Each Model ever built
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Car of the Month Selection
the Month - July 1999
Bentley Mk V, 1940, #B18AW, Park Ward Four Door Saloon
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||The start of hostilities in September 1939 brought an abrupt end to any plans as
regards the most promising new Bentley Mark V model. Between
summer 1939, when production of chassis commenced and outbreak of WWII in September of
that year a mere 18 chassis had been completed. Because later a number of them were
cannibalised, i.e. stripped of major components to enable others to be completed, no more
than 11 Bentley Mark V were finished as complete motor cars. Thus the Bentley Mark V is
the rarest of all Bentley models produced by the British manufacturer.
Powered by a modern
6-cylinder in-line engine of 4,257 ccm capacity and with its advanced chassis sporting
independent front suspension the Bentley Mark V was an impressive sports car. Experimental
Mk V Bentleys tested during 1938 and 1939 had impressed with a top speed in excess of
90 mph. The engine was designed as a high mileage unit with a special stiff crank shaft of
2.5 inch diameter main and 2 inch crank pin using a newly developed AC9 'highload alloy'
for the big ends along with exhaust valves faced with stellite the aim being to break the
magic 100,000 miles without attention. This ends up with a power unit being very suitable
for use with lead free fuel.
favourite circumstances the Bentley Mark V would have been applauded as a most worthy
addition to the Rolls-Royce/Bentley product range. As time went by however this particular
model remained a sort of "sleeping beauty" and its merits were not known outside
the circle of the happy few, who had experienced the cars smooth power and impeccable
The Bentley Mark V
shown here, chassis number #B18AW, had finished test not prior to January 1940 and was
delivered to coachbuilder Park Ward to be fitted with a four door saloon body. As
completion of the body took until July 1940 this is the very last motor car to emerge from
the factory at Derby, where no motor cars were built after WWII. This one is the final car
to be fitted with factory wire wheels - post-war models sported steel rims. Chassis Card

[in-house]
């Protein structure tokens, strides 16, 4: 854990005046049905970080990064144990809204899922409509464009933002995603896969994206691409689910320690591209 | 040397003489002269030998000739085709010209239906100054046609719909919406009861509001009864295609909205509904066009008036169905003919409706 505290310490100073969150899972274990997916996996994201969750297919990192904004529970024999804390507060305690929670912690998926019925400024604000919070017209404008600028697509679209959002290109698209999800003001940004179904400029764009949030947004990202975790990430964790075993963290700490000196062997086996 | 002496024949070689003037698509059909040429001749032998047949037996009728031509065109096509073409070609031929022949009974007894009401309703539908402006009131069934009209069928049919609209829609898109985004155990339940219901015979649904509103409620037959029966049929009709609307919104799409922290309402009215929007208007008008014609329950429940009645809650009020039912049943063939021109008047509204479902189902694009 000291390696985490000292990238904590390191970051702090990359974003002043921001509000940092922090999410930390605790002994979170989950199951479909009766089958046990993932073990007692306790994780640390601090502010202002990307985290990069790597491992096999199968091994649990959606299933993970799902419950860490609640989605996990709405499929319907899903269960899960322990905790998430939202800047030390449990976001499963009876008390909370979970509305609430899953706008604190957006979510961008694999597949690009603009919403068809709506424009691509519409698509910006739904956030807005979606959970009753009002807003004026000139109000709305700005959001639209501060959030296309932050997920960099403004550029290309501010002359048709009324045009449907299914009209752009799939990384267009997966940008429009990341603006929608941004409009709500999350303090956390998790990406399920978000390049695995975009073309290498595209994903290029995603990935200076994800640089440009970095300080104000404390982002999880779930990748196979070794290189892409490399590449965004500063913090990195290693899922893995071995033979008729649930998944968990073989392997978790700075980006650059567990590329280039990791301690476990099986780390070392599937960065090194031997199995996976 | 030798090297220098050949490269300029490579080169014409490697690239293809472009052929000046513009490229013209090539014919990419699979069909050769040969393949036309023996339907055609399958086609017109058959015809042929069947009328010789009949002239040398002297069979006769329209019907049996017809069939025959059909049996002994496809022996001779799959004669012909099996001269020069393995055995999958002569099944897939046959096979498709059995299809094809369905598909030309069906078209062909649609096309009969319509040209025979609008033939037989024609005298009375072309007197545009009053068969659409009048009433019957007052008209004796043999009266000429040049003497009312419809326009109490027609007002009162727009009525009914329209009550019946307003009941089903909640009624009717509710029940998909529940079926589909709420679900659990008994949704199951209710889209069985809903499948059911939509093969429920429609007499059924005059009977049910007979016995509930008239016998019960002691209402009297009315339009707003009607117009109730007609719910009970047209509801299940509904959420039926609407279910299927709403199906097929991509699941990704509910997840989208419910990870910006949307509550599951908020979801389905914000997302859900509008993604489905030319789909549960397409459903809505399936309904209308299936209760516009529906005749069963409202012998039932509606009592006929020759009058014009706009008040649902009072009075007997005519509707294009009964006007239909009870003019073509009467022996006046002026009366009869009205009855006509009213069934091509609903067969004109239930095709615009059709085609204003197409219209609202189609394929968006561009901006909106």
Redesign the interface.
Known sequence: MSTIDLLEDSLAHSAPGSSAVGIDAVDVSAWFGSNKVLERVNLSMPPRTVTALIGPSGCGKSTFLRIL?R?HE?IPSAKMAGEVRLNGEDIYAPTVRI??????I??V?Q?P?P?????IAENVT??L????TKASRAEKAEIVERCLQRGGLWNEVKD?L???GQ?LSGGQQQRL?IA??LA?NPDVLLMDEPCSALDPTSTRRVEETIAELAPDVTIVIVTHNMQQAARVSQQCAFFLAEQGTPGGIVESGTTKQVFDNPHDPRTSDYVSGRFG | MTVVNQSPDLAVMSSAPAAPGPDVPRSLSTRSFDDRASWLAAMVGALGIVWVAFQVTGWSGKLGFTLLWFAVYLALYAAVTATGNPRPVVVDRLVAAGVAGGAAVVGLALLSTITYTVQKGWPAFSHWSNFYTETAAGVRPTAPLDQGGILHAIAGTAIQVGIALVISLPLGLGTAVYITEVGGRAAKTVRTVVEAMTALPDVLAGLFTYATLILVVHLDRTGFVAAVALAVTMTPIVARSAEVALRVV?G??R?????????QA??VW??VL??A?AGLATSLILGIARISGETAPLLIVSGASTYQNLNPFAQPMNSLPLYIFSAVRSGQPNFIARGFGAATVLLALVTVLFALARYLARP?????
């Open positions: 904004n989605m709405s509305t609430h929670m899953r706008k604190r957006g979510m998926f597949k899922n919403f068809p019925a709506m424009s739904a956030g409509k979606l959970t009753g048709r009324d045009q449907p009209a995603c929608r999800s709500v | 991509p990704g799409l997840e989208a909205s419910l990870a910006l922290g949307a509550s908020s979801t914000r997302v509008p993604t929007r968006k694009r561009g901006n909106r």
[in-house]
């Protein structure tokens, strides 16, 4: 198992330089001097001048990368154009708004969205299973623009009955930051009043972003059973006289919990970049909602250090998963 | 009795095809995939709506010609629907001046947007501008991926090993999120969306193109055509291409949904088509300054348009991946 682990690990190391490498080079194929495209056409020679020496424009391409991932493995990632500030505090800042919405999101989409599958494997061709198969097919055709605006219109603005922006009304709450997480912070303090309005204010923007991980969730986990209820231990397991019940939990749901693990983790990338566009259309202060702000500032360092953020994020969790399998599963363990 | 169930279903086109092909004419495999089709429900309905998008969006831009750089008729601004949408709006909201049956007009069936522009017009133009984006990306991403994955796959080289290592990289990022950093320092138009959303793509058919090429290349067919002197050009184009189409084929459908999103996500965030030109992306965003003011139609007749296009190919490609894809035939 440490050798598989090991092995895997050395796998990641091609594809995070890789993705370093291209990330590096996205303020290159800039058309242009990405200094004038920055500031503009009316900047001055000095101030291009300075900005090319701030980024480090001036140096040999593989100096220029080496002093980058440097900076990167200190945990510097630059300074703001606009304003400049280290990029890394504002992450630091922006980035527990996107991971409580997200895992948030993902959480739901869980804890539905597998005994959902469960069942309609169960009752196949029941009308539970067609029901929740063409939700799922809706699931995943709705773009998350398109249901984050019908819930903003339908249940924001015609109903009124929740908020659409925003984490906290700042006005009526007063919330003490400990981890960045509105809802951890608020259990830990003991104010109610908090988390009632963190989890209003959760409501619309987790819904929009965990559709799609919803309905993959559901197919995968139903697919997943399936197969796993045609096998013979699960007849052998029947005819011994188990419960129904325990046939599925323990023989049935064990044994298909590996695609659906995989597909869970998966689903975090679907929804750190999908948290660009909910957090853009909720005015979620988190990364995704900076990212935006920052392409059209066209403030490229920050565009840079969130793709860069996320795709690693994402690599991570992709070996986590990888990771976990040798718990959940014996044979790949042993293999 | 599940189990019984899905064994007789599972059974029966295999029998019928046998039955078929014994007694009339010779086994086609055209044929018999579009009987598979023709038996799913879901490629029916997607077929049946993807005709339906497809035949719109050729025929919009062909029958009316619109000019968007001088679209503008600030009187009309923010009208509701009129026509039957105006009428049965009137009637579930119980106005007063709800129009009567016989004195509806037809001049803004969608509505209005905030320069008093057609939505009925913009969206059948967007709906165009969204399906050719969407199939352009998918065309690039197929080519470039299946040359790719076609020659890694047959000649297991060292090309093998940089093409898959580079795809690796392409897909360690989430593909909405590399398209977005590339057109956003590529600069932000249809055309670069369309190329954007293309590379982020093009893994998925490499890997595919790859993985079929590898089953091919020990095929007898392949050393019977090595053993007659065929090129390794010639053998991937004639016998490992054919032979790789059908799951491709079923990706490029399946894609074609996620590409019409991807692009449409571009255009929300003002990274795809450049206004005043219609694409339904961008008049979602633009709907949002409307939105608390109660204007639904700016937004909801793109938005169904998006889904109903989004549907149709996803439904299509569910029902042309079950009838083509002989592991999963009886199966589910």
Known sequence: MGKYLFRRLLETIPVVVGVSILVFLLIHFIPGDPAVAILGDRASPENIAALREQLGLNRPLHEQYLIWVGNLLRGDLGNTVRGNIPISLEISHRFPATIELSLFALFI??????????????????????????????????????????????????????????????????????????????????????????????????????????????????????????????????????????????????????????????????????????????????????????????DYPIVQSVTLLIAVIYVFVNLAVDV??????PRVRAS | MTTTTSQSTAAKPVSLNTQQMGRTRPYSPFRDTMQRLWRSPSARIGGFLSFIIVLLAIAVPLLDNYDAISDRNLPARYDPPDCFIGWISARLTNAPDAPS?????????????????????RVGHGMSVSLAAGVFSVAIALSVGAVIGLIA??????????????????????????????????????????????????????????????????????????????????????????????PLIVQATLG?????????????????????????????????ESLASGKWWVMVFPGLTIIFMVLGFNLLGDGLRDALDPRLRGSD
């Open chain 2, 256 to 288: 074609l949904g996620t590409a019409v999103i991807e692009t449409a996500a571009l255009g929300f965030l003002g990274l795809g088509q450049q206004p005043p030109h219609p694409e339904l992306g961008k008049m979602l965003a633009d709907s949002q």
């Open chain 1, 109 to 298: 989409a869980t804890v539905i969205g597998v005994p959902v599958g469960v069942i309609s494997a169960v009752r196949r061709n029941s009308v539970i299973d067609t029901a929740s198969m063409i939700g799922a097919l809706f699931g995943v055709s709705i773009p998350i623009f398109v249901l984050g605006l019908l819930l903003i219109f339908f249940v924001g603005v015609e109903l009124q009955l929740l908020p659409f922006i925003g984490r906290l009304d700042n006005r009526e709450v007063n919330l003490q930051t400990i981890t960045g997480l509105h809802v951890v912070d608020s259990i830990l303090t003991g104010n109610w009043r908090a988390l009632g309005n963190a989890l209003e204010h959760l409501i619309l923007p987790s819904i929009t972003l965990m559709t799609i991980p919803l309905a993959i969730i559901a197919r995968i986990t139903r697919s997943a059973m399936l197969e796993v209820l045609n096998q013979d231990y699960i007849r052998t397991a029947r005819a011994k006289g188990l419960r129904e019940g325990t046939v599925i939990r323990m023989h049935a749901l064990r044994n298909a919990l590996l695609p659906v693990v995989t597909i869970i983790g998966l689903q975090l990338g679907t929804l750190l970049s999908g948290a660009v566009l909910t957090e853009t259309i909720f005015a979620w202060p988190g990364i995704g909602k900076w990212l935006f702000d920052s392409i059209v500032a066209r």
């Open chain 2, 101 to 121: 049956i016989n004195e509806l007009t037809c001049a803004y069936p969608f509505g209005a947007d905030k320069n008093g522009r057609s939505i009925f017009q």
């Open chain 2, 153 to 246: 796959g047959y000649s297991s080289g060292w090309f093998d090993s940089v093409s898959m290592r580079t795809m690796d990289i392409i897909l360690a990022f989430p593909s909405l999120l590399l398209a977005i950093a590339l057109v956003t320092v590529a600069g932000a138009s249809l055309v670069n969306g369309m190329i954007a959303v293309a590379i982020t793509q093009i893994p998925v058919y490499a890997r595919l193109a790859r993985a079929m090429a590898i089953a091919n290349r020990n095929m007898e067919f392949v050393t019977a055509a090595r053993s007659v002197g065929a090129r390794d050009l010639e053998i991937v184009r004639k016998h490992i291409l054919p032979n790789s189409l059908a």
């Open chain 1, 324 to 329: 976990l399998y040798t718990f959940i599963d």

Details on #B18AW give off the intention to fit a Vanden Plas sports tourer body. This
idea however was changed and the car was bodied as a four door saloon with sunroof by Park
Ward. As the coachbuilder had been taken over by Rolls-Royce it can be taken for granted,
that the work was on a par with the very best obtainable in the United Kingdom. Very few
Bentley Mark V were finished and only released to Company officials and selected owners.
#B18AW beccame the property of C.L. Breeden, Birmingham. Mr. C. L. Breeden of
Breeden Ltd had a special dispensation certificate from the government allowing him to
purchase a new car during WWII and B18AW was delivered to him at the beginning of 1941. It
was continually under the supervision of the experimental department and had its running
boards removed at the works in 1942.
Just after the War
Mr. Breeden approached Rolls Royce with his new style of front and rear bumper fitted to
this car. Specially designed overriders instead of chromed plates had been fitted.
Rolls-Royce adopted the idea and the company's post-war models were fitted with so-called
"Wilmot-Breeden Overriders" (made by Pyrene).
During recent years this Bentley
Mark V has been subject to a painstaking restoration. This included the repair of damage
to the coachwork (which some claim to be a substitute of the original body) and a complete respray. Door panels and seats were re-trimmed in finest
leather, with new headlining and carpets completing the work on the interior. The car
retains all its original electrical components including the Rolls Royce distributor and
even its original rotor arm and is unique in having its original correct overdriven gear
box still fitted and in excellent condition. The general service items such as the oil
filter are readily available and there exists a source in the US for such items as points
and rotor arms etc. As the powertrain had given no reason to any complain at all, engine
and gearbox remained almost untouched and show some sympathetic patina. This
motor car is complete down to
the extremely rare tools stamped "Bentley Mark V".
most knowledgeable expert as regards this model is: D. Nixon,
Stubbles Farm, Cressing,
Essex CM7 8NU,
Tel.: +44 - (0)1376 - 584080, email: Nixonstubbles@btinternet.com